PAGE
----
New human species discovered

Posted by Emma Woollacott

You wait ages for a new human species, and then two come along at once. Hard on the heels of the discovery of a new type of hominin in Siberia, an international team says it's found the closest yet type of australopithecine to modern humans.

The two partial skeletons, dating from between 1.78 and 1.95 million years ago, were discovered in South Africa, just nine miles from the Sterkfontein World Heritage Site, known as the Cradle of Humankind.

Dubbed Australopithecus sediba, the new species differs from other australopiths and shares significant features with modern humans, such as increased buttressing of the ilium, expansion of the posterior ilium, and a decrease in the distance between the hip joints and sacroiliac.

It also differs from the earlier australopiths in having reduced cranial muscle markings, more delicate facial morphology and smaller teeth. But it shares with them a small body size and longer upper limbs with large joint surfaces.

The discovery suggests that the transition between the small-bodied Australopithecus africanus and the bipedal Homo erectus occurred not only in East Africa, but across the whole of African, including South Africa.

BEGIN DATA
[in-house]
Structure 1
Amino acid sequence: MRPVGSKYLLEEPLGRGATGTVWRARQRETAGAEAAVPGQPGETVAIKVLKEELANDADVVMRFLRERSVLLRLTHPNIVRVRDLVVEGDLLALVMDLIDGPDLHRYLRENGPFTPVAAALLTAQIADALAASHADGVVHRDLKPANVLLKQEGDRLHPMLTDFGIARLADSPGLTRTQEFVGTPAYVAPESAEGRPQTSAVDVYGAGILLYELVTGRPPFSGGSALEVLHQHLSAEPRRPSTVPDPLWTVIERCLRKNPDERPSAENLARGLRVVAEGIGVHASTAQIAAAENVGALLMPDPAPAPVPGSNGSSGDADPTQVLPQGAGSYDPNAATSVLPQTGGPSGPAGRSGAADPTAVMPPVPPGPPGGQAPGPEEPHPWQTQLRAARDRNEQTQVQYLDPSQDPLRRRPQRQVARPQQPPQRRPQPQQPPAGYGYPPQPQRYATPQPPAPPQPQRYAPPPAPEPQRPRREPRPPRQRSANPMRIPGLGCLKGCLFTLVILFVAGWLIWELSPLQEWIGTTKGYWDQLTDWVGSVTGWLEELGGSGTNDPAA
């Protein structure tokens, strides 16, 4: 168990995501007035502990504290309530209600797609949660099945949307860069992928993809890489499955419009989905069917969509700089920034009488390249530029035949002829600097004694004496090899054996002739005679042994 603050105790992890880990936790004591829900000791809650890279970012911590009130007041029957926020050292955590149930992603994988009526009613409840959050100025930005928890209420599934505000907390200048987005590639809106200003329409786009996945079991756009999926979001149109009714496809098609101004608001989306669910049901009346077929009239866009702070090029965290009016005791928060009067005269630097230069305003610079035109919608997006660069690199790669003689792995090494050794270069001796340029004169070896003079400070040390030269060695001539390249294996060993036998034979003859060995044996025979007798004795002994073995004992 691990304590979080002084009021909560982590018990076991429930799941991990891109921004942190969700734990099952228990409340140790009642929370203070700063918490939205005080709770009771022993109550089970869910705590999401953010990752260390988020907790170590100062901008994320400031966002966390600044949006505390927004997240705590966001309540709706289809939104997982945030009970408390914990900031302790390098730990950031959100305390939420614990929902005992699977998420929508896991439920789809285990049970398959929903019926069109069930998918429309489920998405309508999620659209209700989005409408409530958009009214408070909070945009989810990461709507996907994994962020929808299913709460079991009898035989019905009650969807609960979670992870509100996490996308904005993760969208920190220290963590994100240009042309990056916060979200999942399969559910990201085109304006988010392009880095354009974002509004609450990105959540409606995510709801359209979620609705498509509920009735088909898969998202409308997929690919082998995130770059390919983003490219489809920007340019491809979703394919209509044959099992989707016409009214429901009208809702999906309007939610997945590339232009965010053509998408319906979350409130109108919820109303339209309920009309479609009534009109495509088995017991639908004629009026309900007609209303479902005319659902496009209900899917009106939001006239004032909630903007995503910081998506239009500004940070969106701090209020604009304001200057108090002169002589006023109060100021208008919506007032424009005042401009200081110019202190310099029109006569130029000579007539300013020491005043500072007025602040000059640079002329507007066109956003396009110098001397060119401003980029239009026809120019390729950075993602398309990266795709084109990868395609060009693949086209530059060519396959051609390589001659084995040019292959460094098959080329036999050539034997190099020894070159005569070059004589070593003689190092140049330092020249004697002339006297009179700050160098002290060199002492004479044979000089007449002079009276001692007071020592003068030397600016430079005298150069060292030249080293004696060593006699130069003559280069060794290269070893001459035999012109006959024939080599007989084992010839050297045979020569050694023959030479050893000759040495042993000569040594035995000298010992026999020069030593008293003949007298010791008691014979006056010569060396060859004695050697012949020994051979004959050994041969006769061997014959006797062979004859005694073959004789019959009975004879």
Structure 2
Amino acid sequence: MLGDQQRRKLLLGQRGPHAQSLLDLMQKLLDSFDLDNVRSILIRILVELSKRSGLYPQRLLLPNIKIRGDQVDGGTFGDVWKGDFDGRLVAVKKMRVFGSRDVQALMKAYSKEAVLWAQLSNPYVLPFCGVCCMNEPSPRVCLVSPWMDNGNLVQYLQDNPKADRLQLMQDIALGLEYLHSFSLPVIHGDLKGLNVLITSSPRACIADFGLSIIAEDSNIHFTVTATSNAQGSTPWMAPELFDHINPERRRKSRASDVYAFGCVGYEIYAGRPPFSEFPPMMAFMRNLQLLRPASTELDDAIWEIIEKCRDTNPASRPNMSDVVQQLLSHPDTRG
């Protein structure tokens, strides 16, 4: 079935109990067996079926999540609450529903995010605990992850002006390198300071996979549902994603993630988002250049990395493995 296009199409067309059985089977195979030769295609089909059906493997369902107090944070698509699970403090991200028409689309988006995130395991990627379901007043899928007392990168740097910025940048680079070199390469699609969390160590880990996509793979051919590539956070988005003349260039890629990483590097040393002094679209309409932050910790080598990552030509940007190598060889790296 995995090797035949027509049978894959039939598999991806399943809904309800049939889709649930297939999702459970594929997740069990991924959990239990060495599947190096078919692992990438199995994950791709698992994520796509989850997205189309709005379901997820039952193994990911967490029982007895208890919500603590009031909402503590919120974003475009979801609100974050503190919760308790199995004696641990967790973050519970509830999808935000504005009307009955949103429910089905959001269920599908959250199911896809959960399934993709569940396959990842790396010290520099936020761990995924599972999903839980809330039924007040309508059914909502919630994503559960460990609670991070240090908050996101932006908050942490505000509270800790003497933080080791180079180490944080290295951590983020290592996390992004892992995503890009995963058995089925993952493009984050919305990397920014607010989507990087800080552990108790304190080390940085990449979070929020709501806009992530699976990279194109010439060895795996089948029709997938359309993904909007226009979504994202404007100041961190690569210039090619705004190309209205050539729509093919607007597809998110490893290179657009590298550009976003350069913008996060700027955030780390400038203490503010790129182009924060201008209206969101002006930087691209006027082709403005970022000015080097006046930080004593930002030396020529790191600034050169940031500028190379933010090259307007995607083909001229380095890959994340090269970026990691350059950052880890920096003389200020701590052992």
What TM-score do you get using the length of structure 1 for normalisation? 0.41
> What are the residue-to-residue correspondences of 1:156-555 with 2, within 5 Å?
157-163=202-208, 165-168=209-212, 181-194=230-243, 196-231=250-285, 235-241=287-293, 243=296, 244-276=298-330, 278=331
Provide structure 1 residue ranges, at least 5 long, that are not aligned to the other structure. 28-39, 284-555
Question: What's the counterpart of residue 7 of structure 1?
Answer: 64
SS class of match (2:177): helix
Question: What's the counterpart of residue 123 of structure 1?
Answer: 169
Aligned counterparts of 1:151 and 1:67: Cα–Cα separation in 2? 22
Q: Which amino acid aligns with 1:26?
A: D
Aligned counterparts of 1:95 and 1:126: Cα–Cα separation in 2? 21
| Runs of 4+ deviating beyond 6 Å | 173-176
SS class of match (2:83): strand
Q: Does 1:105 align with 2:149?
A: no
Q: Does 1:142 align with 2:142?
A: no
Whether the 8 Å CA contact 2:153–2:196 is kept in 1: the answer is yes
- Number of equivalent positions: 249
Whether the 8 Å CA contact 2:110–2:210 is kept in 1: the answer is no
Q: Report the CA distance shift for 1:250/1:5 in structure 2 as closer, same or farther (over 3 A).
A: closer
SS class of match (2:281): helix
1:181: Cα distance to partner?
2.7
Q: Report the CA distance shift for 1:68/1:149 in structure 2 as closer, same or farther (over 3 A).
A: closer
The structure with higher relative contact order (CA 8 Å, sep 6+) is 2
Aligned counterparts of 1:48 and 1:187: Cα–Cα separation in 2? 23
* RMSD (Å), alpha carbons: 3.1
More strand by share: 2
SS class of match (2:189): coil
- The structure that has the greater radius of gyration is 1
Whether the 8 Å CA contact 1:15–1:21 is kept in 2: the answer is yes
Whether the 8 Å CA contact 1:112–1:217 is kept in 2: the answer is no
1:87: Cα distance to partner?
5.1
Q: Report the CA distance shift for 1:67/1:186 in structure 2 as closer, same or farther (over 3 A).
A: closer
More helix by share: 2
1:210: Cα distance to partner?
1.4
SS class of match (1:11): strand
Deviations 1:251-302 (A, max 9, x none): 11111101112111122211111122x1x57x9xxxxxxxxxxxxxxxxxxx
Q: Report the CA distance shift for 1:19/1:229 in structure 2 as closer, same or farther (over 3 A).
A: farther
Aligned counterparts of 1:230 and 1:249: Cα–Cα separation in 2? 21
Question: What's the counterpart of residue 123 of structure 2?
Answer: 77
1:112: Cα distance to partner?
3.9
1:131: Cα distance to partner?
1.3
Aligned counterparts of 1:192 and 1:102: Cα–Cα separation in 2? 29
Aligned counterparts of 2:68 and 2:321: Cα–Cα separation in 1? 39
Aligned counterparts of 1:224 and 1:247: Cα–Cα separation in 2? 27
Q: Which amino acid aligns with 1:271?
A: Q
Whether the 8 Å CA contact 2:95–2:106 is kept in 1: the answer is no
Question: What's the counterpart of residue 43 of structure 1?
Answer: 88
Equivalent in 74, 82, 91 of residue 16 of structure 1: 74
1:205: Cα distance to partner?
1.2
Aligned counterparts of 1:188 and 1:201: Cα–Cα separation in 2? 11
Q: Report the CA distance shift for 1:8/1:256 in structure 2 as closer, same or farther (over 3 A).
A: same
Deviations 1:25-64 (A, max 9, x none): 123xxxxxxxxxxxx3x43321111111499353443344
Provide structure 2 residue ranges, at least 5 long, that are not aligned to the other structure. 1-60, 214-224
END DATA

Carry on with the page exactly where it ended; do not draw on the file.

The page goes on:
"The discovery is an amazing one. It's late enough that it is contemporaneous with our ancestors that were, at the time, evolving into Homo erectus. The fossils in South Africa tend to be very rugged, with heavy faces and huge molars. These aren't like that, and suggest that they're related to East African fossils that many have put in the taxon Homo habilis," said Indiana University anthropology professor Kevin Hunt.

"The intriguing thing is that they still have traits found in the more rugged species, Australopithecus africanus, that is found half a million to a million (or more) years earlier. This suggests that just like humans all over the world have evolved but retained their regional characteristics, we had regional characteristics of Homo habilis at two million years ago."

The research appears in Science.